ROBOT VACUUM

Vacuuming the old way

Our oddest Christmas present this year is a robot vacuum, given to us by a young relative. Bob was hugely skeptical at first but he has to admit: “It works, but it doesn’t hold much.”

Go to YouTube.com to find reviews for dozens of these, from Roomba on down. Ours, the “LeFant 300m,” costs $140 on Amazon. Roomba ranges from about $200 to over a thousand.

We have hardwood floors, four small mats in the kitchen, and a large Home Depot rug in the living room. It seems complicated, yet the robot vacuum handled them all, traveling from room to room in our small apartment. We charged it by plugging it into the wall. We dumped the debris by using a tiny Phillip’s screwdriver to open up the compartment where the filters are. One of the filters is washable. The other is a HEPA filter which limits dust, smoke, pollen, bacteria and mold. Joy likes it.

Readers Ring In on Robocalls

 We recently mentioned “do not disturb” mode on the iPhone but left out a crucial point. Readers were quick to point this out. Thanks guys!

 As one reader writes, with this new iPhone feature, “robo calls hang up before they even get to voicemail. Any human call you miss goes to voicemail so you can call right back.” Another points out that the missed call can be found under “Recents.” We’re guessing that the niece of ours who missed an important job interview after turning on “do not disturb” isn’t in the habit of checking voicemail very often.

Internuts

  • Museum of Lost Objects.” Search on that phrase to find a BBC website with interesting articles and podcasts. They trace the history of antiquities destroyed or looted in Iraq, Syria, India and Pakistan. For example, a year ago a man used a drill to deface a winged bull in the ancient city of Nineveh, in Iraq.

  • TubiTV.com has thousands of free movies, including classics. Joy immediately watched part of an old favorite, “Rogers and Hammerstein’s Cinderella.” They also had one of Bob’s favorites, the spaghetti Western, “My Name is Nobody,” and much more recent titles, like the 2007 movie “War” with Jason Statham. We clicked “browse titles” and didn’t have to register on the site to start watching.

    Image Courtesy of CNN

  • You can still buy $1 homes all over Italy.” Search on that phrase to find a fascinating article from CNN.com. It’s an attempt to get rid of abandoned homes, mostly in the south.Though many have been snapped up, you can still get one if you put down a deposit ranging from $2200 – $5600. You get your deposit back in three years if you have refurbished the home.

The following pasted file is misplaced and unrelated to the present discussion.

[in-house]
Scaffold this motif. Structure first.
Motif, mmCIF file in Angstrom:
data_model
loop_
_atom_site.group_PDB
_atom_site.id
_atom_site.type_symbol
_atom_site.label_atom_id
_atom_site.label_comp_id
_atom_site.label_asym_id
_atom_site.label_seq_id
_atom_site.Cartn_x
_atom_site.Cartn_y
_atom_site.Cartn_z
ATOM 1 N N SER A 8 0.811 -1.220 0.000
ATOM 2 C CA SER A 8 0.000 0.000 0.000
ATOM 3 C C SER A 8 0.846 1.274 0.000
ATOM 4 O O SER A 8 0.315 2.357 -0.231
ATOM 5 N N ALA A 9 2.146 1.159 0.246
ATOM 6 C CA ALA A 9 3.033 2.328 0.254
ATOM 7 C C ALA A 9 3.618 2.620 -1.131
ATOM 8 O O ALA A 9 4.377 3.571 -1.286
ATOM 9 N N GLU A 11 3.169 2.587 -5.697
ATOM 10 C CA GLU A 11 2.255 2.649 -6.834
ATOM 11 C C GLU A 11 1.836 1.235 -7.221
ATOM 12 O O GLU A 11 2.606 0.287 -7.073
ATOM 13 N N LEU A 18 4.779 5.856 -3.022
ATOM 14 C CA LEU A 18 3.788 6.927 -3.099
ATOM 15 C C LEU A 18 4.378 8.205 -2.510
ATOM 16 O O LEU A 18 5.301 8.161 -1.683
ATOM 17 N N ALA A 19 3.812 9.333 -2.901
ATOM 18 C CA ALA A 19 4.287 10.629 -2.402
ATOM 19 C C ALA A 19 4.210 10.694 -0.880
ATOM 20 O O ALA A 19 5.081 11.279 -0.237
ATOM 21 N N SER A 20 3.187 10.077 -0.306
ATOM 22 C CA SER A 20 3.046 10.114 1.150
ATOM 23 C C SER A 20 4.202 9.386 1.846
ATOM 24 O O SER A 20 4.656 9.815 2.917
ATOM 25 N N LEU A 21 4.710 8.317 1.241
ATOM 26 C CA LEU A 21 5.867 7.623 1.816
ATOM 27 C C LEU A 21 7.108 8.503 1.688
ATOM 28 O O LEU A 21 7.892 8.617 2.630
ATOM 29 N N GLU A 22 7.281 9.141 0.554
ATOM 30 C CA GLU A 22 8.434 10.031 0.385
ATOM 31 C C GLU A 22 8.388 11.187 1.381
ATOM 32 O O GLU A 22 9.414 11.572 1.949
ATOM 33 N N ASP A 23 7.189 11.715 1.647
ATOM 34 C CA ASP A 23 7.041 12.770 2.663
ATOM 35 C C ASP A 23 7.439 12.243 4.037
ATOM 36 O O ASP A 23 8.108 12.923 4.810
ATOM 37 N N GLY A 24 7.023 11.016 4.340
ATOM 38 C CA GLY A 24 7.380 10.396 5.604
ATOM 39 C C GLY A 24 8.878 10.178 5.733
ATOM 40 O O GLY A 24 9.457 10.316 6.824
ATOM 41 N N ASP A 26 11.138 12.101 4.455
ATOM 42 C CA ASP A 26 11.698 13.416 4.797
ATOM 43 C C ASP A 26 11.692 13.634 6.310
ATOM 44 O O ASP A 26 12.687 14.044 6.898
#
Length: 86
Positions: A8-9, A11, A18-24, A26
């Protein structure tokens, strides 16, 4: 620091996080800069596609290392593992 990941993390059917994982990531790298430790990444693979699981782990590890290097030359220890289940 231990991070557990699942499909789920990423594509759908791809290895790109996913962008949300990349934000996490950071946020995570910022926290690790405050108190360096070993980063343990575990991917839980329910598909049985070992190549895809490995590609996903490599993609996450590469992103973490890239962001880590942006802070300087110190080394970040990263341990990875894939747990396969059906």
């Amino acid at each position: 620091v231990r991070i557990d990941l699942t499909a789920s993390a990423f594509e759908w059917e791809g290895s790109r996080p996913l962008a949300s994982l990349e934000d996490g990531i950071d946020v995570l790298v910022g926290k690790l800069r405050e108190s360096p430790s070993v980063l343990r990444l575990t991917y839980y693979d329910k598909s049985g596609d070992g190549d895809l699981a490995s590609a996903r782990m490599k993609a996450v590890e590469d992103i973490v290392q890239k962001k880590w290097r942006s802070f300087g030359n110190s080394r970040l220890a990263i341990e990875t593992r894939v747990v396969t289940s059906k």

• The best thing you can do for your health: Sleep Well.” Search on that phrase to find the Guardian newspaper’s most-read article of 2019. Both Ronald Reagan and Margaret Thatcher bragged about sleeping only four or five hours a night but they both got Alzheimer’s. Insufficient sleep may be a factor.

The Worst Video Game Ever

The other day we were listening to “Sidedoor,” a podcast from the Smithsonian. They were talking about the worst video game ever, a 1982 Atari game based on the movie “E.T. the Extra-Terrestrial.” Instead of the usual eight months, the developer was given only one month to create it. Apparently, it was so bad it ruined the company. Atari’s name was mud. (Atari means “that’s a hit” in Japanese.) The developer lost his job and became a therapist.

It didn’t help that Atari allowed other companies to use the Atari name and after awhile, there was only so much you could do with the old format. Their video game sales dropped 90 percent between 1982 and 1986.

In the podcast we learned that a group set out to find the old cartridges dumped by Atari in the New Mexico desert. Sure enough, they uncovered 1,178 of them.

Pedal to the Metal

Joy bought a foot pedal for her sewing machine on eBay for $20 but It was the wrong one. Returning it to China cost $23.50, and involved standing in a long line at the Post Office twice. The first time she had to step out of the line to fill out a form.

The irony is, the Chinese vendor had already refunded her account on eBay and hadn’t asked for the package back. But it felt wrong to keep it. Lesson learned: Pay attention to where a product is coming from. If it’s from too far away, it may cost a lot to return it.

Shopping Scams

Fake sites are a growing problem. They now number in the thousands.

Joy thought she was buying a birthday present from Arlington racetrack in Illinois, but it was really a Shopify.com site with Arlington in the name. Five months later, she found out that the recipient had not received it. When she contacted the Shopify store, they refunded the money for the original shirt she ordered, supplied a free shirt of a different kind, and apologized profusely for letting things fall through the cracks while they were in a transition period.

The Washington Post did an investigative piece on Shopify problems nationwide. They gave an example of a photo of a $2,495 coat from Overland Sheepskin that was used to sell a $70 knock-off with lopsided sleeves. The fabric was described by one buyer as looking like “roadkill” or “rat fur.” Around 753 websites stole Overland Sheepskin’s photos to sell their own wares. Most of these sites are on Shopify. By the way, the Post sells their own branded merchandise through Shopify.

 

 

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